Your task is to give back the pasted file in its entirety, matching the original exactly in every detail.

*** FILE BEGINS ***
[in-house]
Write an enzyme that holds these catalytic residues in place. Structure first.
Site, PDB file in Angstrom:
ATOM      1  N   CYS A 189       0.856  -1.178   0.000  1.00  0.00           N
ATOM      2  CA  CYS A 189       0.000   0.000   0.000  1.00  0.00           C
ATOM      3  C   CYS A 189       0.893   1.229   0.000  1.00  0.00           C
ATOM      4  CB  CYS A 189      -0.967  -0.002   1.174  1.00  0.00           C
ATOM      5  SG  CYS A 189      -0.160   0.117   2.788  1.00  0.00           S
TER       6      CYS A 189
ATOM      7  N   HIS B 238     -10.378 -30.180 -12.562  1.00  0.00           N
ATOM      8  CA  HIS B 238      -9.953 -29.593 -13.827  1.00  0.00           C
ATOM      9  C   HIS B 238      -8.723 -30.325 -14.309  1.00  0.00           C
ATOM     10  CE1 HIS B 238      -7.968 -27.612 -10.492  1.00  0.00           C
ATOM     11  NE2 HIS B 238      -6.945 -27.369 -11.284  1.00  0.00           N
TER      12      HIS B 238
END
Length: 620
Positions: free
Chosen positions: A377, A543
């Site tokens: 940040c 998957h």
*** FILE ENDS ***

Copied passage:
[in-house]
Write an enzyme that holds these catalytic residues in place. Structure first.
Site, PDB file in Angstrom:
ATOM      1  N   CYS A 189       0.856  -1.178   0.000  1.00  0.00           N
ATOM      2  CA  CYS A 189       0.000   0.000   0.000  1.00  0.00           C
ATOM      3  C   CYS A 189       0.893   1.229   0.000  1.00  0.00           C
ATOM      4  CB  CYS A 189      -0.967  -0.002   1.174  1.00  0.00           C
ATOM      5  SG  CYS A 189      -0.160   0.117   2.788  1.00  0.00           S
TER       6      CYS A 189
ATOM      7  N   HIS B 238     -10.378 -30.180 -12.562  1.00  0.00           N
ATOM      8  CA  HIS B 238      -9.953 -29.593 -13.827  1.00  0.00           C
ATOM      9  C   HIS B 238      -8.723 -30.325 -14.309  1.00  0.00           C
ATOM     10  CE1 HIS B 238      -7.968 -27.612 -10.492  1.00  0.00           C
ATOM     11  NE2 HIS B 238      -6.945 -27.369 -11.284  1.00  0.00           N
TER      12      HIS B 238
END
Length: 620
Positions: free
Chosen positions: A377, A543
């Site tokens: 940040c 998957h």